In the beginning of July, I hiked with my friends Bill and Mitch to check out Jammed Log Pool in Sabino Canyon. We were a little disappointed when we arrived to see the pools were very low, mucky, and algae-filled. We found a lower pool that wasn’t too bad, had a swim, and vowed to return after the monsoons had revitalized the place.
On August 5th, Bill, Mitch, and I returned to Sabino Canyon to log some quality swimming time after the recent monsoon rains had recharged the creeks. I invited another hiker to join us, my friend Wendy, who I knew would appreciate a good swim in a beautiful place. Wendy has a delightful blog called Doin’ the Wendy, where people show their exuberance for the outdoors by doing a certain pose all over the world in beautiful settings. Check her blog out- you’ll also see examples later in the photos.
We started at 5:30 am, but were rewarded by shade and cool conditions all the way up to the pools. After escaping the drudgery of walking up the paved Sabino Canyon Road, the rockhopping got interesting as we searched for water crossings to move up the creekbed. A month ago, it had been dry and much easier to walk upstream. We saw the most incredible thing- a small fawn crouched in the water underneath a bush. It lay motionless, not reacting to four people staring right at it 10 feet away. I got concerned, and thought that it might be injured, so I made my way toward it to check it out. I was hoping that I wasn’t going to have to abort my hike and carry a sick fawn back to the Miller’s Wildlife Rehab, where I am a volunteer. Thankfully, the fawn jumped up and ran past the rest of my group as it sensed me getting nearby.
There was a bit more rockhopping and we turned the corner to see that the Jammed Log Waterpark was open for business!!
Rushing waterfalls, a long, beautiful pool below- it was time for me to inflate my $2 bright green innertube (aka “the floatie”) and get into the water! Mitch and Bill jumped right in:
Wendy sat on the rocks for a bit, enjoying the view before getting in:
After I got my floatie inflated, it was time for the natural Lazy River down the creek. We all remarked how you couldn’t design a better lazy river in any waterpark in the world! Of course, I had to offer the floatie to my hiking companions, and they took turns floating near the waterfalls and down the creek.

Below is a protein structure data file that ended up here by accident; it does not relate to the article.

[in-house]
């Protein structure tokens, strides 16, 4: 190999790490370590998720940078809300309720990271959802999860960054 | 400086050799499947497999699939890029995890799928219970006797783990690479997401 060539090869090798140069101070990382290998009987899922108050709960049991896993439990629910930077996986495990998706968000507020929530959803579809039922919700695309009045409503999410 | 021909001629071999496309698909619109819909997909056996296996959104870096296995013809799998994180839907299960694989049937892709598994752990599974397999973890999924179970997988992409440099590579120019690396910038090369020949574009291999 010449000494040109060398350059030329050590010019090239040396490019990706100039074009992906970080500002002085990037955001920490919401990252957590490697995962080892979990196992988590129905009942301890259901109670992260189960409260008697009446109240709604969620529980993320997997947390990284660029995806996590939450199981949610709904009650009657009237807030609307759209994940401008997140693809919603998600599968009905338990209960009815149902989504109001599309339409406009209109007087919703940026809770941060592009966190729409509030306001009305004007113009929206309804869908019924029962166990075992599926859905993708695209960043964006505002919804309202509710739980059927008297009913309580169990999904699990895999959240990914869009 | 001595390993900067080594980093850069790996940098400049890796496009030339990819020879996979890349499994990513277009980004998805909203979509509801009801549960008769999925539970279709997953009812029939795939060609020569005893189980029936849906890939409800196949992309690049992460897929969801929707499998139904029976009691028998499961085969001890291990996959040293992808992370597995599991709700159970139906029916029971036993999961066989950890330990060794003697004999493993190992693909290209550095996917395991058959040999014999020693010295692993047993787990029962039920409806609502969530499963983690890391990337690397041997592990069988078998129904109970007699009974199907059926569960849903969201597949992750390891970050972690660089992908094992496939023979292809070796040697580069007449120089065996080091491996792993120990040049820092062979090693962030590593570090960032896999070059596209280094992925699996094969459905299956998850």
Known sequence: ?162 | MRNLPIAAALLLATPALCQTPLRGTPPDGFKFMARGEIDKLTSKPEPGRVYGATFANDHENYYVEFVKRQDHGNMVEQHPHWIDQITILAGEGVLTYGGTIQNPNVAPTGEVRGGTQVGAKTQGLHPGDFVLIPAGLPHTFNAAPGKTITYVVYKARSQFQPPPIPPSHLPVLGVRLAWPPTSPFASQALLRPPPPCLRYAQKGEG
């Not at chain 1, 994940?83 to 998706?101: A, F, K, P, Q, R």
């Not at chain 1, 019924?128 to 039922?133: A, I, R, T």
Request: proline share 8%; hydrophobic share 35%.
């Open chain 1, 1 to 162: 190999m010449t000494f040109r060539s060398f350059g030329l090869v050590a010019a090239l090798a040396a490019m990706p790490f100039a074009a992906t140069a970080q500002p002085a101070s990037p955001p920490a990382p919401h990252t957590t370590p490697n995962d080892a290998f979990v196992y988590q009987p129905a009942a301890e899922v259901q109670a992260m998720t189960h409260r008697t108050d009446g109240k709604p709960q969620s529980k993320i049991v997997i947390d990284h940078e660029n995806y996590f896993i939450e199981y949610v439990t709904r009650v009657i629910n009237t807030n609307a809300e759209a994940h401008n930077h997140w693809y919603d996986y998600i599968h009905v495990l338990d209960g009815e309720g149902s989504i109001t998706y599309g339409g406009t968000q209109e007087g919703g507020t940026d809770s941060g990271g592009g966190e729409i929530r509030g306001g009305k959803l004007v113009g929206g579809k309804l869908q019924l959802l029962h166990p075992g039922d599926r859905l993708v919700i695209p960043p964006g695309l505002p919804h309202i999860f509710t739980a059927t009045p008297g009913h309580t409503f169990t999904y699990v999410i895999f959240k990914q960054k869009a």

There was a great little waterfall (left of Mitch in the picture above) that you could stand underneath and look through the falls- Bill is behind the fall in the picture below:
Bill later climbed up to become King of the Jammed Log:
It is incredible to think of the powerful flood that jammed this gigantic log between these two boulders, 15 feet above the creekbed. Bill tried to shake it, but that log isn’t going anywhere…well until the next giant flood, at least. Unfortunately, we eventually had to leave, because some of our group had places to be later in the morning. Before we did, we “Threw a Wendy”.
It’s an exuberant “I love where I am at this moment” arms-flung-out-in-excitement stance. Look through pictures of your favorite places- you’ve probably done it without even knowing it. Here’s me doing one before I had ever heard of the term, when I finished the Arizona Trail:
We resumed our rockhopping down the creek back the way we came, but made a small detour to check out an ephemeral waterfall. We bushwhacked to the base to find there was a clear way to scramble up to the higher pools.
When we all reached the top of the second tier, we found a beautiful shower with a rainbow in it that dropped into a pool. Wendy, Mitch and I all got under the spray to wet ourselves down for the hike out.
A worthwhile detour, indeed! We got lucky with some intermittent clouds and a good breeze on the hike out on Sabino Canyon Road. Everything along the road was so green and we could hear the rushing of Sabino Creek below.
10:30 am and I’ve already hiked 10 miles, gone swimming, ans seen a fawn, a waterfall and a rainbow- what a great way to spend the morning!
And now for the Wildlife Rehabilitation Fundraiser picture- we got this Cooper’s Hawk as a baby, and were able to release him nearby. I went to feed some kestrels and left a plate out to put inside the next cage. When I returned, this is what I found: